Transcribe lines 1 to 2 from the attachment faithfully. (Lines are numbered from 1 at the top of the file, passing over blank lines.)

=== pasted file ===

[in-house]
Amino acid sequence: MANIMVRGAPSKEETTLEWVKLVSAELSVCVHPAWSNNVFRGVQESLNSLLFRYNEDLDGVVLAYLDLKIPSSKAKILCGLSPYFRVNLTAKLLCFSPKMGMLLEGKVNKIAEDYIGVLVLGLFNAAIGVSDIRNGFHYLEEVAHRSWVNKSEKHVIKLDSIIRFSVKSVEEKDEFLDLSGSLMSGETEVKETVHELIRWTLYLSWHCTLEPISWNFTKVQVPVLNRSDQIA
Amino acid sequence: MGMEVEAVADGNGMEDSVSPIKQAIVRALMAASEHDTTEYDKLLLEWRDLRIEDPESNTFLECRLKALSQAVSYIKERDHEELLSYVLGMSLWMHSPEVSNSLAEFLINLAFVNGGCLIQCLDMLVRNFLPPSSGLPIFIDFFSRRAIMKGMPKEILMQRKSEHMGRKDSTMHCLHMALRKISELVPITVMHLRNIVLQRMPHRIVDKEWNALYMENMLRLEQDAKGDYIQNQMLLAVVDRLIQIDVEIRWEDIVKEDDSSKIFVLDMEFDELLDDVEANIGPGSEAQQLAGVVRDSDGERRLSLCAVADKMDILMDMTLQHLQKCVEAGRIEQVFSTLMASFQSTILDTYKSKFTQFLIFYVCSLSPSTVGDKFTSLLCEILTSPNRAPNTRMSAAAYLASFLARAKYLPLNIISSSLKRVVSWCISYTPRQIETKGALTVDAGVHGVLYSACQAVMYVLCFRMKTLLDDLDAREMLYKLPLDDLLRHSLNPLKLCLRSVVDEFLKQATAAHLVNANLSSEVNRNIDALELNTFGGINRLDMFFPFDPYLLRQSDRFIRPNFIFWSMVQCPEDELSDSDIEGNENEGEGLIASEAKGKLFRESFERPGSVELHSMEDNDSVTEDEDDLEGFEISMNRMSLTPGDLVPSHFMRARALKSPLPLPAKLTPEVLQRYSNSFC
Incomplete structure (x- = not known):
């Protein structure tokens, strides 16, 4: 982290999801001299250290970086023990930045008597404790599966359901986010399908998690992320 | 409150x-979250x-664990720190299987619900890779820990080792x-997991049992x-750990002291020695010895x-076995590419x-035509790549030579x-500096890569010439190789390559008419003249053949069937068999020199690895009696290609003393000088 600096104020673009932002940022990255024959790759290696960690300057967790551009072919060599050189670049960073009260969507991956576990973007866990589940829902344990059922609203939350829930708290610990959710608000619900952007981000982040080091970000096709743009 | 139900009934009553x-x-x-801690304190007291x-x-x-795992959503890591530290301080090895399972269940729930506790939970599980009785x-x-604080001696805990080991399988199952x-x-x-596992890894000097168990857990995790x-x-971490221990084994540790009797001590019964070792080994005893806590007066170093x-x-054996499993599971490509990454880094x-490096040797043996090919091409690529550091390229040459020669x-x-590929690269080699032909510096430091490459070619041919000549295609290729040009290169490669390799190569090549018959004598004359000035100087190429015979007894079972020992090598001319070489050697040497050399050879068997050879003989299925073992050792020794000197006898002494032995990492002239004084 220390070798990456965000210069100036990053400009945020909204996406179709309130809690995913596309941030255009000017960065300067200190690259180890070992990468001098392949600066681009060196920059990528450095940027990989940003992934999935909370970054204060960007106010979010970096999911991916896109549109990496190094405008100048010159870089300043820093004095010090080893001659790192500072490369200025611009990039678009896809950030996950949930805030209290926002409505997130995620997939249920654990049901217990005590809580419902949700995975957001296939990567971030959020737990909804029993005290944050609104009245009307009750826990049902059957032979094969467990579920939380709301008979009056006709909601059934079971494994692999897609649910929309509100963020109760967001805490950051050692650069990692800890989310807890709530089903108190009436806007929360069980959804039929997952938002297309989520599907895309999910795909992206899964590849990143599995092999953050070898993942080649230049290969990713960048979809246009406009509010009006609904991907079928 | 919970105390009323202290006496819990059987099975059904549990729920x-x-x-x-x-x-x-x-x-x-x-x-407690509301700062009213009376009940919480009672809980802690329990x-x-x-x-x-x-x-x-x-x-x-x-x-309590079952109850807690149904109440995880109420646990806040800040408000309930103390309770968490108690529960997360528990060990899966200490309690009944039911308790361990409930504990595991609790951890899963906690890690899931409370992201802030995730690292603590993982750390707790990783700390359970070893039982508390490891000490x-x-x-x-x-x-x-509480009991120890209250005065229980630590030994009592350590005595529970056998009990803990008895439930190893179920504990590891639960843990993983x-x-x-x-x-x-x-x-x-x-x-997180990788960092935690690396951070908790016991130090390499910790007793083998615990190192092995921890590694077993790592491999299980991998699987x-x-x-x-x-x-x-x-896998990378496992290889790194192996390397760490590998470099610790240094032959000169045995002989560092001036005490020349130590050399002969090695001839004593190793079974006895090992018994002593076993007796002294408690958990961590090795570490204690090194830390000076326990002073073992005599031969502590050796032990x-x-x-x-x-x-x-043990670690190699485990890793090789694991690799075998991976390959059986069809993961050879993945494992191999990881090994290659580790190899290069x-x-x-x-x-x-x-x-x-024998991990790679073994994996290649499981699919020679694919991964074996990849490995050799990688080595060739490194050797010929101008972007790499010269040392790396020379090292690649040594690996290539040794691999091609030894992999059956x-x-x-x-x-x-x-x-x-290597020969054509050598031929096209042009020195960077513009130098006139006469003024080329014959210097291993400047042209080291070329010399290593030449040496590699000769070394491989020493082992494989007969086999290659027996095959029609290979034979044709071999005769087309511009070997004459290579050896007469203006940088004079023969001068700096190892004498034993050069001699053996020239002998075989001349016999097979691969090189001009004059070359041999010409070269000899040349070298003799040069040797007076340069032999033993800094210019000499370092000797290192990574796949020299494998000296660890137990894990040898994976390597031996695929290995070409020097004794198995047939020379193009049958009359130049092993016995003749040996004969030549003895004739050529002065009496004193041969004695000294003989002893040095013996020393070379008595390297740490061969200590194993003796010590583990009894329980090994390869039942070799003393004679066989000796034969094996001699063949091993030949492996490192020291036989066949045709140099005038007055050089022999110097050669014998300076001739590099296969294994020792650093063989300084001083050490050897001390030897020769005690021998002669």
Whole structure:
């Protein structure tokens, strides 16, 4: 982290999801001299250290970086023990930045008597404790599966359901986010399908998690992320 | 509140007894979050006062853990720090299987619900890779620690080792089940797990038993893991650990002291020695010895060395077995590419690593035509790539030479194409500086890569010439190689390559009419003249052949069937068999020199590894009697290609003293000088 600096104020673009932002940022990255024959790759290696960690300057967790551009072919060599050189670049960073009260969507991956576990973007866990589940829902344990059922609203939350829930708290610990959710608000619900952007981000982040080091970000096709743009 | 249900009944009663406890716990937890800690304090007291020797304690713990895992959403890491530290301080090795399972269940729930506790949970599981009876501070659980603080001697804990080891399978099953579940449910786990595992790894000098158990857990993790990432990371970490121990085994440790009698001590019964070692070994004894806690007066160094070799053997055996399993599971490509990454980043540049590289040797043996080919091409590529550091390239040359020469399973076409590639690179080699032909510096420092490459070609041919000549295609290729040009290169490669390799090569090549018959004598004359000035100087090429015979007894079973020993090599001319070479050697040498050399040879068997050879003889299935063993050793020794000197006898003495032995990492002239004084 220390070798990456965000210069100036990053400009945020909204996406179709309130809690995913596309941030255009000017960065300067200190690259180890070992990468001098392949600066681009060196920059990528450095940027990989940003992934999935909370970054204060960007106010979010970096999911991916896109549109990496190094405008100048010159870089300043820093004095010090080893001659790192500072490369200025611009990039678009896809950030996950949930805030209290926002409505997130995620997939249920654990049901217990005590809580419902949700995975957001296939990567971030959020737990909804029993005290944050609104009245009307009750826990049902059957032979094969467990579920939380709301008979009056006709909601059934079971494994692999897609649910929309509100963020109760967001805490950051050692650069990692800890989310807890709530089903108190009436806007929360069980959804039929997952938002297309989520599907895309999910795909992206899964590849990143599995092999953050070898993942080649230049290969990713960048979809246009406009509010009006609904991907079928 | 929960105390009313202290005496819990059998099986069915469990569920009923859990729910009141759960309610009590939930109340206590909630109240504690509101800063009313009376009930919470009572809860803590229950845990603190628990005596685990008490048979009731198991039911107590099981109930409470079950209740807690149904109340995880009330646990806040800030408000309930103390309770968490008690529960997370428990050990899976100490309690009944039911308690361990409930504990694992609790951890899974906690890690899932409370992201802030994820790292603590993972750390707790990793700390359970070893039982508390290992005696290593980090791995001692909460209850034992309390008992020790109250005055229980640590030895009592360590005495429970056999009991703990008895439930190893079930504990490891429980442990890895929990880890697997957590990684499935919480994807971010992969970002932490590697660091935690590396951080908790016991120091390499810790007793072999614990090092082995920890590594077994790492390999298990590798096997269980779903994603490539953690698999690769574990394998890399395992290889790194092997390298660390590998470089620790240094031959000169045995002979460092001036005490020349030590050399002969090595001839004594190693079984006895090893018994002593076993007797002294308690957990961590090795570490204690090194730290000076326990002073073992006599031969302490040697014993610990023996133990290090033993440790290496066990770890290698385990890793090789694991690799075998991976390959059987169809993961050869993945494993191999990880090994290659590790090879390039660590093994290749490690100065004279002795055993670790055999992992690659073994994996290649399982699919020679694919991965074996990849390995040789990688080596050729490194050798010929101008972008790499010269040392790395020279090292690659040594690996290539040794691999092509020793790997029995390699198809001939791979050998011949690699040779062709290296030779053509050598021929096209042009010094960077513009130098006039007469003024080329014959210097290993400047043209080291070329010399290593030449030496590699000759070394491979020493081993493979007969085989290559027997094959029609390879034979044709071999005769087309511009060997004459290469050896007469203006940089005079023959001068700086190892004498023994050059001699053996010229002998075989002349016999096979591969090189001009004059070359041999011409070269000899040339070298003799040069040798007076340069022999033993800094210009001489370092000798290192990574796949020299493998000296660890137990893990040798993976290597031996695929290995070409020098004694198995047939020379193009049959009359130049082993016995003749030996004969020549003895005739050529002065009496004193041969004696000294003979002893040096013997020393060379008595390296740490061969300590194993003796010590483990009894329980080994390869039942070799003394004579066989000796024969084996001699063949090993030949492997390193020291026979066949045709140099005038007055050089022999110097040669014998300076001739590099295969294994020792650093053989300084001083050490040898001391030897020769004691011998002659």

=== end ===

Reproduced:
[in-house]
Amino acid sequence: MANIMVRGAPSKEETTLEWVKLVSAELSVCVHPAWSNNVFRGVQESLNSLLFRYNEDLDGVVLAYLDLKIPSSKAKILCGLSPYFRVNLTAKLLCFSPKMGMLLEGKVNKIAEDYIGVLVLGLFNAAIGVSDIRNGFHYLEEVAHRSWVNKSEKHVIKLDSIIRFSVKSVEEKDEFLDLSGSLMSGETEVKETVHELIRWTLYLSWHCTLEPISWNFTKVQVPVLNRSDQIA